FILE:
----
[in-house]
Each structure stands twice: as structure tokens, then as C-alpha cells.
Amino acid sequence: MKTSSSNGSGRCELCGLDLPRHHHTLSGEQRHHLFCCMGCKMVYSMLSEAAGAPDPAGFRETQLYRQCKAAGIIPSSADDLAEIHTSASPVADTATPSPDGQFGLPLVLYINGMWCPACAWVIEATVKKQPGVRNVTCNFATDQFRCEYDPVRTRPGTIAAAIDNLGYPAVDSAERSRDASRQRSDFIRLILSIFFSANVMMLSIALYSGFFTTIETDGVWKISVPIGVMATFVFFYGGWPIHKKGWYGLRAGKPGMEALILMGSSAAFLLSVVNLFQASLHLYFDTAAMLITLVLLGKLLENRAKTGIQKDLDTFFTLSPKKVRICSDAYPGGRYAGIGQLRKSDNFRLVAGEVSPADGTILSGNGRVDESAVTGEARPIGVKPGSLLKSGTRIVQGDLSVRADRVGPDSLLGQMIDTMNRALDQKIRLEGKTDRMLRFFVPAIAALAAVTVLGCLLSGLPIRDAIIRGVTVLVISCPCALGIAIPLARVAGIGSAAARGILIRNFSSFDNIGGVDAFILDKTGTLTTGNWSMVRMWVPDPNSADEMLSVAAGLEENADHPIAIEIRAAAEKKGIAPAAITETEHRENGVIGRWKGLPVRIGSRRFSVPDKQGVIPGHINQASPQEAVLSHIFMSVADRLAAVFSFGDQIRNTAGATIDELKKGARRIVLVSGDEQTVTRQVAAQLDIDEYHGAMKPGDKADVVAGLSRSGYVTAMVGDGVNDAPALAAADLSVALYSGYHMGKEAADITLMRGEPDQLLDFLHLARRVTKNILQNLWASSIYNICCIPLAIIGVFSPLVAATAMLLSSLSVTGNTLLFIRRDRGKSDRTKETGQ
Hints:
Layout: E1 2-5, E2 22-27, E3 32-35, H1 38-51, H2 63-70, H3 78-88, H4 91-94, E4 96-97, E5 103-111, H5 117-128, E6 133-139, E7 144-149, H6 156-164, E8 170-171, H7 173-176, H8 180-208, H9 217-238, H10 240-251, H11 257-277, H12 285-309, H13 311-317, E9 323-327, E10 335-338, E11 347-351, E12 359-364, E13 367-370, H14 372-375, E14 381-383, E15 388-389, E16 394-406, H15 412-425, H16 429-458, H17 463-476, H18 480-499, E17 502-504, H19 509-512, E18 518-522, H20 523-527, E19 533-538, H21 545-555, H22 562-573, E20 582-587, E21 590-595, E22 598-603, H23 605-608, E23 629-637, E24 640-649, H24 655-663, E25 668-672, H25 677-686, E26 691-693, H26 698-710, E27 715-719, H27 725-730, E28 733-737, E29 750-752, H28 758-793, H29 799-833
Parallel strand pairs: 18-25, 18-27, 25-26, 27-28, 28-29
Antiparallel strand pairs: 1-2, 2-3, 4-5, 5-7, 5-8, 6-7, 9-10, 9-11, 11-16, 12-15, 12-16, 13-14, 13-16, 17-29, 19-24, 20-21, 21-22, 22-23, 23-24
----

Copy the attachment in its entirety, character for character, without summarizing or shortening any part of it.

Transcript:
[in-house]
Each structure stands twice: as structure tokens, then as C-alpha cells.
Amino acid sequence: MKTSSSNGSGRCELCGLDLPRHHHTLSGEQRHHLFCCMGCKMVYSMLSEAAGAPDPAGFRETQLYRQCKAAGIIPSSADDLAEIHTSASPVADTATPSPDGQFGLPLVLYINGMWCPACAWVIEATVKKQPGVRNVTCNFATDQFRCEYDPVRTRPGTIAAAIDNLGYPAVDSAERSRDASRQRSDFIRLILSIFFSANVMMLSIALYSGFFTTIETDGVWKISVPIGVMATFVFFYGGWPIHKKGWYGLRAGKPGMEALILMGSSAAFLLSVVNLFQASLHLYFDTAAMLITLVLLGKLLENRAKTGIQKDLDTFFTLSPKKVRICSDAYPGGRYAGIGQLRKSDNFRLVAGEVSPADGTILSGNGRVDESAVTGEARPIGVKPGSLLKSGTRIVQGDLSVRADRVGPDSLLGQMIDTMNRALDQKIRLEGKTDRMLRFFVPAIAALAAVTVLGCLLSGLPIRDAIIRGVTVLVISCPCALGIAIPLARVAGIGSAAARGILIRNFSSFDNIGGVDAFILDKTGTLTTGNWSMVRMWVPDPNSADEMLSVAAGLEENADHPIAIEIRAAAEKKGIAPAAITETEHRENGVIGRWKGLPVRIGSRRFSVPDKQGVIPGHINQASPQEAVLSHIFMSVADRLAAVFSFGDQIRNTAGATIDELKKGARRIVLVSGDEQTVTRQVAAQLDIDEYHGAMKPGDKADVVAGLSRSGYVTAMVGDGVNDAPALAAADLSVALYSGYHMGKEAADITLMRGEPDQLLDFLHLARRVTKNILQNLWASSIYNICCIPLAIIGVFSPLVAATAMLLSSLSVTGNTLLFIRRDRGKSDRTKETGQ
Hints:
Layout: E1 2-5, E2 22-27, E3 32-35, H1 38-51, H2 63-70, H3 78-88, H4 91-94, E4 96-97, E5 103-111, H5 117-128, E6 133-139, E7 144-149, H6 156-164, E8 170-171, H7 173-176, H8 180-208, H9 217-238, H10 240-251, H11 257-277, H12 285-309, H13 311-317, E9 323-327, E10 335-338, E11 347-351, E12 359-364, E13 367-370, H14 372-375, E14 381-383, E15 388-389, E16 394-406, H15 412-425, H16 429-458, H17 463-476, H18 480-499, E17 502-504, H19 509-512, E18 518-522, H20 523-527, E19 533-538, H21 545-555, H22 562-573, E20 582-587, E21 590-595, E22 598-603, H23 605-608, E23 629-637, E24 640-649, H24 655-663, E25 668-672, H25 677-686, E26 691-693, H26 698-710, E27 715-719, H27 725-730, E28 733-737, E29 750-752, H28 758-793, H29 799-833
Parallel strand pairs: 18-25, 18-27, 25-26, 27-28, 28-29
Antiparallel strand pairs: 1-2, 2-3, 4-5, 5-7, 5-8, 6-7, 9-10, 9-11, 11-16, 12-15, 12-16, 13-14, 13-16, 17-29, 19-24, 20-21, 21-22, 22-23, 23-24